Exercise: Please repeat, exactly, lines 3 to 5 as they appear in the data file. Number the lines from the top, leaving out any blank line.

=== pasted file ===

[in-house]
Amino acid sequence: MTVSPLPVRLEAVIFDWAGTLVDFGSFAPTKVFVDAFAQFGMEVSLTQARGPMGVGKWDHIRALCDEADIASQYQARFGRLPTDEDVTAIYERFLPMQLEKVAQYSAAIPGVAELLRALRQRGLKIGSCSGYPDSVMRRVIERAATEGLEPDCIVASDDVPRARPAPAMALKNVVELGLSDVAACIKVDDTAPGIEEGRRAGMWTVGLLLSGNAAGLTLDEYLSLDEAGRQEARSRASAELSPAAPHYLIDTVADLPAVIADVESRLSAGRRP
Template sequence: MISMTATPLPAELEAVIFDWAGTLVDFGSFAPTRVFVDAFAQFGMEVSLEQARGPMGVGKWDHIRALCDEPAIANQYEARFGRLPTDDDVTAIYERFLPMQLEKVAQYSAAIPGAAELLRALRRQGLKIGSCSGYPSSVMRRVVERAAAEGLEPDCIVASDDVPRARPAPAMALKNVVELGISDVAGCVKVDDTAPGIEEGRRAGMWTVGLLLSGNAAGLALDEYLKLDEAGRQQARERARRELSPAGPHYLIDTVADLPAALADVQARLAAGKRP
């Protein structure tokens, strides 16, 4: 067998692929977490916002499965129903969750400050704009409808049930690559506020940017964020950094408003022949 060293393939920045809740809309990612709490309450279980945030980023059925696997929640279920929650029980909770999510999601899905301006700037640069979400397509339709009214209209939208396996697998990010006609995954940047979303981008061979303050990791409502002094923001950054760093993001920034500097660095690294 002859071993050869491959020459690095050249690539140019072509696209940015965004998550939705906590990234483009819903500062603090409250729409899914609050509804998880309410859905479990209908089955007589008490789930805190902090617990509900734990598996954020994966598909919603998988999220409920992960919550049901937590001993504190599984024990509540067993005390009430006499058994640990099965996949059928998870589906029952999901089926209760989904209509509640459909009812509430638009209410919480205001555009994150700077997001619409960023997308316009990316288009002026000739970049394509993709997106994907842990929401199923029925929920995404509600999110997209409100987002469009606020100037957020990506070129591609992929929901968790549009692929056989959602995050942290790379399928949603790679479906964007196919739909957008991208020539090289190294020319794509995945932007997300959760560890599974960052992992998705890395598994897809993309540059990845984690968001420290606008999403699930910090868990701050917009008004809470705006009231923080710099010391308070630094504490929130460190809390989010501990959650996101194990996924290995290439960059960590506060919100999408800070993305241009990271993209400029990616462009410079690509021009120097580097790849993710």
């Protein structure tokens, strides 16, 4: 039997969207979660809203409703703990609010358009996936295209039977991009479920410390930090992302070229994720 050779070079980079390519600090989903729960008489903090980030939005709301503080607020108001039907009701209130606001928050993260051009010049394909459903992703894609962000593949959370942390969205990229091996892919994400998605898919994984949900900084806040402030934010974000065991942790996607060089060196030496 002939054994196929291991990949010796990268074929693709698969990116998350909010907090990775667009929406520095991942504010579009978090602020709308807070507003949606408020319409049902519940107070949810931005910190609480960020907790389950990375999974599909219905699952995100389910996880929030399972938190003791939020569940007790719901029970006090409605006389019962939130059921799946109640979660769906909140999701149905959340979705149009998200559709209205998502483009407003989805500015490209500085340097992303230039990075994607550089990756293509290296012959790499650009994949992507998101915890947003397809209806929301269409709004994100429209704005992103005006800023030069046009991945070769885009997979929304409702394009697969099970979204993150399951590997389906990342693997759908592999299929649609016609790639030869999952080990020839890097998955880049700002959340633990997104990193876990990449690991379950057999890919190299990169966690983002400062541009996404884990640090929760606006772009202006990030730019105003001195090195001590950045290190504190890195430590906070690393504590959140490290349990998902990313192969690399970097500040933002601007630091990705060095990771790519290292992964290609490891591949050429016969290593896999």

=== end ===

Template sequence: MISMTATPLPAELEAVIFDWAGTLVDFGSFAPTRVFVDAFAQFGMEVSLEQARGPMGVGKWDHIRALCDEPAIANQYEARFGRLPTDDDVTAIYERFLPMQLEKVAQYSAAIPGAAELLRALRRQGLKIGSCSGYPSSVMRRVVERAAAEGLEPDCIVASDDVPRARPAPAMALKNVVELGISDVAGCVKVDDTAPGIEEGRRAGMWTVGLLLSGNAAGLALDEYLKLDEAGRQQARERARRELSPAGPHYLIDTVADLPAALADVQARLAAGKRP
């Protein structure tokens, strides 16, 4: 067998692929977490916002499965129903969750400050704009409808049930690559506020940017964020950094408003022949 060293393939920045809740809309990612709490309450279980945030980023059925696997929640279920929650029980909770999510999601899905301006700037640069979400397509339709009214209209939208396996697998990010006609995954940047979303981008061979303050990791409502002094923001950054760093993001920034500097660095690294 002859071993050869491959020459690095050249690539140019072509696209940015965004998550939705906590990234483009819903500062603090409250729409899914609050509804998880309410859905479990209908089955007589008490789930805190902090617990509900734990598996954020994966598909919603998988999220409920992960919550049901937590001993504190599984024990509540067993005390009430006499058994640990099965996949059928998870589906029952999901089926209760989904209509509640459909009812509430638009209410919480205001555009994150700077997001619409960023997308316009990316288009002026000739970049394509993709997106994907842990929401199923029925929920995404509600999110997209409100987002469009606020100037957020990506070129591609992929929901968790549009692929056989959602995050942290790379399928949603790679479906964007196919739909957008991208020539090289190294020319794509995945932007997300959760560890599974960052992992998705890395598994897809993309540059990845984690968001420290606008999403699930910090868990701050917009008004809470705006009231923080710099010391308070630094504490929130460190809390989010501990959650996101194990996924290995290439960059960590506060919100999408800070993305241009990271993209400029990616462009410079690509021009120097580097790849993710």
């Protein structure tokens, strides 16, 4: 039997969207979660809203409703703990609010358009996936295209039977991009479920410390930090992302070229994720 050779070079980079390519600090989903729960008489903090980030939005709301503080607020108001039907009701209130606001928050993260051009010049394909459903992703894609962000593949959370942390969205990229091996892919994400998605898919994984949900900084806040402030934010974000065991942790996607060089060196030496 002939054994196929291991990949010796990268074929693709698969990116998350909010907090990775667009929406520095991942504010579009978090602020709308807070507003949606408020319409049902519940107070949810931005910190609480960020907790389950990375999974599909219905699952995100389910996880929030399972938190003791939020569940007790719901029970006090409605006389019962939130059921799946109640979660769906909140999701149905959340979705149009998200559709209205998502483009407003989805500015490209500085340097992303230039990075994607550089990756293509290296012959790499650009994949992507998101915890947003397809209806929301269409709004994100429209704005992103005006800023030069046009991945070769885009997979929304409702394009697969099970979204993150399951590997389906990342693997759908592999299929649609016609790639030869999952080990020839890097998955880049700002959340633990997104990193876990990449690991379950057999890919190299990169966690983002400062541009996404884990640090929760606006772009202006990030730019105003001195090195001590950045290190504190890195430590906070690393504590959140490290349990998902990313192969690399970097500040933002601007630091990705060095990771790519290292992964290609490891591949050429016969290593896999």